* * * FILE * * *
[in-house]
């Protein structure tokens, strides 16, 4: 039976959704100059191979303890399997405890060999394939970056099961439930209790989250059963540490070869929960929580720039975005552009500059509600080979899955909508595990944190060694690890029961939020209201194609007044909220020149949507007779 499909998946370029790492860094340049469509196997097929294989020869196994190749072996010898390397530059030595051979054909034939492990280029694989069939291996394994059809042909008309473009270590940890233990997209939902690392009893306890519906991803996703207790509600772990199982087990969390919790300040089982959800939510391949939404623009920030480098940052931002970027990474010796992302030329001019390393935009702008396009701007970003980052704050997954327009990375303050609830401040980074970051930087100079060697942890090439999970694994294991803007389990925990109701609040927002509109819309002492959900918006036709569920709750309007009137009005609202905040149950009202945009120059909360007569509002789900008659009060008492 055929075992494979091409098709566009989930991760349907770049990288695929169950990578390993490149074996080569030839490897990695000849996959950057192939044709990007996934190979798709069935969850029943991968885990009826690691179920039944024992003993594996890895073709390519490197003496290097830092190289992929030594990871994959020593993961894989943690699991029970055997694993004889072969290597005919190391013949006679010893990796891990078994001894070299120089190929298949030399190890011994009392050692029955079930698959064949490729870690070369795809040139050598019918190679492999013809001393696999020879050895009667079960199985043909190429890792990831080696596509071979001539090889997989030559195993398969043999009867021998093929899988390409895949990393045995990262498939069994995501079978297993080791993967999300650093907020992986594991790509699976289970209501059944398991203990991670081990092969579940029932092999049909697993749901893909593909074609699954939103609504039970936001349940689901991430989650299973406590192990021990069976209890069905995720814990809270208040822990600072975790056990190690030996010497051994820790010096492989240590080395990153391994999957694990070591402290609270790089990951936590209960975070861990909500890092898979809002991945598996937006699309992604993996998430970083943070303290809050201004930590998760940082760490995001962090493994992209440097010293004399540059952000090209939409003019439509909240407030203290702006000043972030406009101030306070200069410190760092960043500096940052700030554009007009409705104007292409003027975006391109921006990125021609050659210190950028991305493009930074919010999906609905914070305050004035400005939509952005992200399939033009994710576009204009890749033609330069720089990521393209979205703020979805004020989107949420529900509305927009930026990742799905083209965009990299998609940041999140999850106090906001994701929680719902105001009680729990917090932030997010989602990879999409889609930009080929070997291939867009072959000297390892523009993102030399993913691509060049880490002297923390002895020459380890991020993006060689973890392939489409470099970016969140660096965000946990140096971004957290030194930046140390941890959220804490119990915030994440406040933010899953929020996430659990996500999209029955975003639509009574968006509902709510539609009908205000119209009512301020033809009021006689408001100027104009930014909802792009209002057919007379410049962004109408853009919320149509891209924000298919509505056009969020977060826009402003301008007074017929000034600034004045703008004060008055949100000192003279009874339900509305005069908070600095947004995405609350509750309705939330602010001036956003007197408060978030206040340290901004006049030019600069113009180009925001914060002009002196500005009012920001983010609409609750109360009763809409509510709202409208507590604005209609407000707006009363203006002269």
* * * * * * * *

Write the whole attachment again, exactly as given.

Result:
[in-house]
């Protein structure tokens, strides 16, 4: 039976959704100059191979303890399997405890060999394939970056099961439930209790989250059963540490070869929960929580720039975005552009500059509600080979899955909508595990944190060694690890029961939020209201194609007044909220020149949507007779 499909998946370029790492860094340049469509196997097929294989020869196994190749072996010898390397530059030595051979054909034939492990280029694989069939291996394994059809042909008309473009270590940890233990997209939902690392009893306890519906991803996703207790509600772990199982087990969390919790300040089982959800939510391949939404623009920030480098940052931002970027990474010796992302030329001019390393935009702008396009701007970003980052704050997954327009990375303050609830401040980074970051930087100079060697942890090439999970694994294991803007389990925990109701609040927002509109819309002492959900918006036709569920709750309007009137009005609202905040149950009202945009120059909360007569509002789900008659009060008492 055929075992494979091409098709566009989930991760349907770049990288695929169950990578390993490149074996080569030839490897990695000849996959950057192939044709990007996934190979798709069935969850029943991968885990009826690691179920039944024992003993594996890895073709390519490197003496290097830092190289992929030594990871994959020593993961894989943690699991029970055997694993004889072969290597005919190391013949006679010893990796891990078994001894070299120089190929298949030399190890011994009392050692029955079930698959064949490729870690070369795809040139050598019918190679492999013809001393696999020879050895009667079960199985043909190429890792990831080696596509071979001539090889997989030559195993398969043999009867021998093929899988390409895949990393045995990262498939069994995501079978297993080791993967999300650093907020992986594991790509699976289970209501059944398991203990991670081990092969579940029932092999049909697993749901893909593909074609699954939103609504039970936001349940689901991430989650299973406590192990021990069976209890069905995720814990809270208040822990600072975790056990190690030996010497051994820790010096492989240590080395990153391994999957694990070591402290609270790089990951936590209960975070861990909500890092898979809002991945598996937006699309992604993996998430970083943070303290809050201004930590998760940082760490995001962090493994992209440097010293004399540059952000090209939409003019439509909240407030203290702006000043972030406009101030306070200069410190760092960043500096940052700030554009007009409705104007292409003027975006391109921006990125021609050659210190950028991305493009930074919010999906609905914070305050004035400005939509952005992200399939033009994710576009204009890749033609330069720089990521393209979205703020979805004020989107949420529900509305927009930026990742799905083209965009990299998609940041999140999850106090906001994701929680719902105001009680729990917090932030997010989602990879999409889609930009080929070997291939867009072959000297390892523009993102030399993913691509060049880490002297923390002895020459380890991020993006060689973890392939489409470099970016969140660096965000946990140096971004957290030194930046140390941890959220804490119990915030994440406040933010899953929020996430659990996500999209029955975003639509009574968006509902709510539609009908205000119209009512301020033809009021006689408001100027104009930014909802792009209002057919007379410049962004109408853009919320149509891209924000298919509505056009969020977060826009402003301008007074017929000034600034004045703008004060008055949100000192003279009874339900509305005069908070600095947004995405609350509750309705939330602010001036956003007197408060978030206040340290901004006049030019600069113009180009925001914060002009002196500005009012920001983010609409609750109360009763809409509510709202409208507590604005209609407000707006009363203006002269």